WHY NOT TRY: Cooking a spit roast?

Spit roaster extraordinaire Michael Hanney (left) and Chris Calcino fly blind into the world of rotisserie cuisine. Photo Tez Iannelli
Spit roaster extraordinaire Michael Hanney (left) and Chris Calcino fly blind into the world of rotisserie cuisine. Photo Tez Iannelli Tez Iannelli

I FELT hard done by, devoid of crown and sceptre, a distinct lack of satin-waving dancers in sight and not even a court jester intermittently belting his skull with a plank of wood for my royal amusement.

But at least a couple of slabs of slowly rotating meat were on hand to pique my regal interest.

This week a band of likely buffoons and I tried our hand at that bastion of medieval feasts, the spit roast.

Totally inexperienced and more than a little intimidated, we nevertheless spiked a chunk of pork and a healthy wedge of lamb and fired up the coals.

We picked up some tips along the way.

Use a mound of charcoal to get that authentic, smoky flavour, topping up the fire pit throughout the process.

The meat should be hovering about 15cm above the coals.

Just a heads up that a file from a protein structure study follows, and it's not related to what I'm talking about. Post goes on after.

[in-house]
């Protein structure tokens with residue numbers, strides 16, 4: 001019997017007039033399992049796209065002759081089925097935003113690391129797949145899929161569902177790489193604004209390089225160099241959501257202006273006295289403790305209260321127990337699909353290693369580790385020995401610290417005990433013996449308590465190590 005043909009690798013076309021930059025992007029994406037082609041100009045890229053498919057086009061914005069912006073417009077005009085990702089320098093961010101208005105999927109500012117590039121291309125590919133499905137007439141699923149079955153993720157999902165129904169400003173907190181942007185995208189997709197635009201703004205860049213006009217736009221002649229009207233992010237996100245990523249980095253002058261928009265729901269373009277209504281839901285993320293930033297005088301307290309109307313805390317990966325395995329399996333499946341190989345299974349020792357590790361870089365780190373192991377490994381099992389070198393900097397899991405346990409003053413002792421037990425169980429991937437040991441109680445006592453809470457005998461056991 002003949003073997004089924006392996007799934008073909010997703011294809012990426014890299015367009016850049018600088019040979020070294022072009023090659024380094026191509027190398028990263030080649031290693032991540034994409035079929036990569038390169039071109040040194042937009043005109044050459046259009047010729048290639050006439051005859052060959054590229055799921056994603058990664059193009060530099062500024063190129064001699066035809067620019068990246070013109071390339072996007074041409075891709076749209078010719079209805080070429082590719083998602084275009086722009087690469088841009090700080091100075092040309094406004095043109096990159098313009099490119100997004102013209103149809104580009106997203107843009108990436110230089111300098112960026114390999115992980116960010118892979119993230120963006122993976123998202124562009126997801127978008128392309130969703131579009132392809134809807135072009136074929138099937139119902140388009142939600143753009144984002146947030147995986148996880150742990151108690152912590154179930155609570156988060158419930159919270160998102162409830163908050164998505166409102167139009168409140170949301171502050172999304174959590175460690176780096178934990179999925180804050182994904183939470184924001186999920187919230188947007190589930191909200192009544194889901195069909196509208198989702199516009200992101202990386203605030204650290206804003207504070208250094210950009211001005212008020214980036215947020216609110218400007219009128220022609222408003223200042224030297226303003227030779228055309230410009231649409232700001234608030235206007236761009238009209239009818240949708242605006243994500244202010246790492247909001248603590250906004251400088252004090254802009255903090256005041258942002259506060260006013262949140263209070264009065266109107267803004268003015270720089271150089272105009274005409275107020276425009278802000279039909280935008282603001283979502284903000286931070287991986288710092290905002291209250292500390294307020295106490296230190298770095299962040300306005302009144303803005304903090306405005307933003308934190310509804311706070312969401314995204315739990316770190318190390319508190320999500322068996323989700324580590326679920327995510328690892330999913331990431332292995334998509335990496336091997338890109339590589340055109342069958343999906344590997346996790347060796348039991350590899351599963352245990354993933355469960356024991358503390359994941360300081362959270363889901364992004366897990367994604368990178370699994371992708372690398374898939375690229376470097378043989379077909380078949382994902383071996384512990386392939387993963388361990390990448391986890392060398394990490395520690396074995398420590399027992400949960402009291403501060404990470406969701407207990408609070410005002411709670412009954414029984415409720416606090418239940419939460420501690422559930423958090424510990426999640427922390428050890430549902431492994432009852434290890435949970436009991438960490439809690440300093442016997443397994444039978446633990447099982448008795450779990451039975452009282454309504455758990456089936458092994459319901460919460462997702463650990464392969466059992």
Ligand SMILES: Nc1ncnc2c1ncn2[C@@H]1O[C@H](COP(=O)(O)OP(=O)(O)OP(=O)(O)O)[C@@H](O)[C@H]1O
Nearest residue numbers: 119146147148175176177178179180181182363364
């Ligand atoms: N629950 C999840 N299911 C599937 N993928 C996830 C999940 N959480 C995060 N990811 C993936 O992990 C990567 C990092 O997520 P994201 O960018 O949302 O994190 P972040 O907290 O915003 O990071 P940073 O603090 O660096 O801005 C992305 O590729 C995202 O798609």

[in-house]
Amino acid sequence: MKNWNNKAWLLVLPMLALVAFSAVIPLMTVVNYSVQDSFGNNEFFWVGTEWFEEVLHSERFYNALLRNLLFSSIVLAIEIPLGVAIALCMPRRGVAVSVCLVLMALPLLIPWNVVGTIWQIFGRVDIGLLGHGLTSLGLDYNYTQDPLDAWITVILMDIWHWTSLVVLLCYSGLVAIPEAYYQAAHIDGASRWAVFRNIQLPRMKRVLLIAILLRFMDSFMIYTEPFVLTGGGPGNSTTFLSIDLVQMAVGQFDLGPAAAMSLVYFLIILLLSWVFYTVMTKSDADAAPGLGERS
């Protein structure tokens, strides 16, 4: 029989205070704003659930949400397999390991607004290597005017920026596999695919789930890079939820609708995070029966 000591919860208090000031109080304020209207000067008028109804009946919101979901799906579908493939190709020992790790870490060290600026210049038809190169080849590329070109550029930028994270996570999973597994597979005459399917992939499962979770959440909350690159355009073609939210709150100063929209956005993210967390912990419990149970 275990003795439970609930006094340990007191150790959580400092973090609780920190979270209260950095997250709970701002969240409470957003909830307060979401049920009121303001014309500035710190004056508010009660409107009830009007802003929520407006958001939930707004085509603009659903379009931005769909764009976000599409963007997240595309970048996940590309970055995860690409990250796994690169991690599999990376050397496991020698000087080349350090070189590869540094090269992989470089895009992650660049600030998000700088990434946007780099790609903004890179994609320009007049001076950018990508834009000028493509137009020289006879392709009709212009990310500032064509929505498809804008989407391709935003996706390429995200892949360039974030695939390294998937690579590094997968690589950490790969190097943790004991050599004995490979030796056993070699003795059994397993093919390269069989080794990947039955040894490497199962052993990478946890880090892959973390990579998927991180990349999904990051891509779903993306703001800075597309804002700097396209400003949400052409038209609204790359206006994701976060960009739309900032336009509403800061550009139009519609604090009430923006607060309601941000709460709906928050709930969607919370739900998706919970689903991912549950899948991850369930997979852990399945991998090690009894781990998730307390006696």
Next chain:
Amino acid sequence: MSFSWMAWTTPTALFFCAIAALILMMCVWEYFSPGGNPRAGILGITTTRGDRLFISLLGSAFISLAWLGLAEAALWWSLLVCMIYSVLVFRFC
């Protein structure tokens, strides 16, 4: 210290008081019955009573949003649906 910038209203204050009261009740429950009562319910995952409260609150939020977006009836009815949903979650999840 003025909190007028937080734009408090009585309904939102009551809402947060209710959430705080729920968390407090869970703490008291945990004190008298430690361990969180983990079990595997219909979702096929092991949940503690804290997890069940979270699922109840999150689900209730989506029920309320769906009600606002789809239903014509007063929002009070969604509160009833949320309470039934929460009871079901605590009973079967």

A meat thermometer is essential but we were not so organised. We survived but I suggest you research the finer details and definitely use a meat thermometer long enough to reach the centre of the largest piece of meat.

Just as important is the marinade - ours was a simple mixture of lemon juice, olive oil, salt and garlic with the occasional wipe of a sprig of fresh rosemary.

Pork should be cooked for about 80 minutes a kilo, lamb gets about an hour per kilogram. But the thermometer is your best guide.

The end result: tender, juicy meat, falling off the bone and a mob of proud but inebriated backyard chefs.

It was also a smidgen embarrassing in retrospect.

My post-roast research revealed Frenchman Christian Falco spit-roasted a 550kg camel for 15 hours in Morocco in 2007, using 2.7 tonnes of wood and 15 litres of oil.

He has held the world record for spit-roasting a 985.5kg piece of beef.

The World Health Organisation might have something to say about that effort.

Next time we will go the whole hog, pop an apple in a suckling pig's gob and don velvet hats, elaborate fur coats and brocaded silk pantaloons to really get into the kingly mindset.

But I don't think we can beat a camel.


Topics:  cooking

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